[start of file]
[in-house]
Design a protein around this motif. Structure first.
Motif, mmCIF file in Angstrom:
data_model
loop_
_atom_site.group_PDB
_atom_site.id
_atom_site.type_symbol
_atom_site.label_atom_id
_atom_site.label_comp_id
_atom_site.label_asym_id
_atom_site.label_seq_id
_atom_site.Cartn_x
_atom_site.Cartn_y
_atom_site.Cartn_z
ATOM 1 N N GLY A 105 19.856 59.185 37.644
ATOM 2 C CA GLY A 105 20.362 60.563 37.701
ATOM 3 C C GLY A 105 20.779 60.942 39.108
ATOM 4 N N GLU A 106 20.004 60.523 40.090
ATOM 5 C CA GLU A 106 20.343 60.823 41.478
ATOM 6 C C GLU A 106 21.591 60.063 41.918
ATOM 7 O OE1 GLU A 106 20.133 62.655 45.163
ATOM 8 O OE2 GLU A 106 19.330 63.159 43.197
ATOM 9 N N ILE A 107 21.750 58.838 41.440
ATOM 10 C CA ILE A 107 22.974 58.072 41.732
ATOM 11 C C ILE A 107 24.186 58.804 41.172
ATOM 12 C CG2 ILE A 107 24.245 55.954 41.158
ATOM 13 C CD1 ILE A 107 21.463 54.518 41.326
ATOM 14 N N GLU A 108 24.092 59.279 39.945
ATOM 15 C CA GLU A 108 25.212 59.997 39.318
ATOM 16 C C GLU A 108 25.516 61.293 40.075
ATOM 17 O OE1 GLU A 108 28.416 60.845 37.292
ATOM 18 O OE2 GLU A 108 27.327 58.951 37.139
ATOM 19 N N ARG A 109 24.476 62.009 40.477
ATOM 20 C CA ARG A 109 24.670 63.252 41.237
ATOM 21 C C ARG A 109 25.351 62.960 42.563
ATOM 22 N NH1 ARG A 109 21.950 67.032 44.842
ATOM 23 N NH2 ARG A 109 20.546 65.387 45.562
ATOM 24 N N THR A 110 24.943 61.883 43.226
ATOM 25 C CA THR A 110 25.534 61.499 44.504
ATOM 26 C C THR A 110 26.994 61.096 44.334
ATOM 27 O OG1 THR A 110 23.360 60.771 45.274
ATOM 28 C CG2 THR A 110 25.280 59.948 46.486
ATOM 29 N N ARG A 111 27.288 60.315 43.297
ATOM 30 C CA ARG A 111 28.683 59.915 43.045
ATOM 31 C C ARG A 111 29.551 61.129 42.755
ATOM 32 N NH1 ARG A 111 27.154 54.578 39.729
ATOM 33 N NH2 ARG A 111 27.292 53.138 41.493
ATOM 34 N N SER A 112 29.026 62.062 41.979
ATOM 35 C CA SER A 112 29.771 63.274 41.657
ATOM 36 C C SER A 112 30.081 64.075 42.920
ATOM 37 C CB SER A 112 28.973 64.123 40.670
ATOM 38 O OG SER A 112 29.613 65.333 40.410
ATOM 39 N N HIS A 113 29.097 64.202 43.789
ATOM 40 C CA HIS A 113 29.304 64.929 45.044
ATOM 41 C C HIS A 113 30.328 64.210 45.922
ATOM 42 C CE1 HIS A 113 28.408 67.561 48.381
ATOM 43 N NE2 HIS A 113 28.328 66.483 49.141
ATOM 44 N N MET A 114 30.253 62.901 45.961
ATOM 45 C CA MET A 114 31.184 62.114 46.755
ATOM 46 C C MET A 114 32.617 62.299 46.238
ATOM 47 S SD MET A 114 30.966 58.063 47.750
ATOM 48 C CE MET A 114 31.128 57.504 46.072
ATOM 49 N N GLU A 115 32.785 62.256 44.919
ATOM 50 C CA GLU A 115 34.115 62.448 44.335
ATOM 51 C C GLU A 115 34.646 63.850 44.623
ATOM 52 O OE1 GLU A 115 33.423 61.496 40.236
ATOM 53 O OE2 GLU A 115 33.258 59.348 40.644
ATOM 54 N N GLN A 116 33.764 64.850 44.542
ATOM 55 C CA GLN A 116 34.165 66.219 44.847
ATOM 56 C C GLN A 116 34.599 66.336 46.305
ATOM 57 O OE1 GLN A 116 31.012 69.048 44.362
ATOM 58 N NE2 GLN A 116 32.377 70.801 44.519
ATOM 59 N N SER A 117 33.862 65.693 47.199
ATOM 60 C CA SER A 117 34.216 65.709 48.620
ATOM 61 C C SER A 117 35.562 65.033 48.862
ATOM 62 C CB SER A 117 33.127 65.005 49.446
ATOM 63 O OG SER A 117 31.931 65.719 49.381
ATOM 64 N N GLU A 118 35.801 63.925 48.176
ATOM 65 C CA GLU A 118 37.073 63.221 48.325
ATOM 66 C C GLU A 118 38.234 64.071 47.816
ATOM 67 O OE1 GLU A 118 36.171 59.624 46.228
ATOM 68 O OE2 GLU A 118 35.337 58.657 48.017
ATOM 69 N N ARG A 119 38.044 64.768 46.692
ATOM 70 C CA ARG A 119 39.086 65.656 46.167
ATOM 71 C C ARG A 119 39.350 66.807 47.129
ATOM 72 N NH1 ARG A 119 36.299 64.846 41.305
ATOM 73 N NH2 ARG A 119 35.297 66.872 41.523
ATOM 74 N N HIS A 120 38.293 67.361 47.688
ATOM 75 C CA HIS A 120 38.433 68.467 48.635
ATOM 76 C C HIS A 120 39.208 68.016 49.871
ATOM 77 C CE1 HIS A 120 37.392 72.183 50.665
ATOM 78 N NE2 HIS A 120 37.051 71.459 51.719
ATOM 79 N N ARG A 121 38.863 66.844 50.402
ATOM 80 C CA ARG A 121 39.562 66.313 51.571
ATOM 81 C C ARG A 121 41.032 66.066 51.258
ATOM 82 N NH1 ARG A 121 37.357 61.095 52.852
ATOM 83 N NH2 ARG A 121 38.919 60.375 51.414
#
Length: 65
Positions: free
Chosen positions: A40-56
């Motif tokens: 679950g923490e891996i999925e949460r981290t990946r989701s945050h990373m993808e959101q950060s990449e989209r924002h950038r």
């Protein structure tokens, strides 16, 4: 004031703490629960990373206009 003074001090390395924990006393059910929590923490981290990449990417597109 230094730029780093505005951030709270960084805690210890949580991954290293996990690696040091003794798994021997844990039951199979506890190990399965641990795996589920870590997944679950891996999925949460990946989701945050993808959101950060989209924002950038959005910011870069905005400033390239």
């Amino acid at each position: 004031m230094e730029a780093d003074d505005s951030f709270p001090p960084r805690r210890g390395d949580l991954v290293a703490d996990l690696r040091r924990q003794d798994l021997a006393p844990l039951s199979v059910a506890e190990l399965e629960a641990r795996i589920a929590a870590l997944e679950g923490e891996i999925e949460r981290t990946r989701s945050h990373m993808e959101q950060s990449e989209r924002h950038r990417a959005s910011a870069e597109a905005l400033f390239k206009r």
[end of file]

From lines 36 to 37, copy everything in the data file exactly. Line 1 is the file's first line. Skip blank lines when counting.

ATOM 21 C C ARG A 109 25.351 62.960 42.563
ATOM 22 N NH1 ARG A 109 21.950 67.032 44.842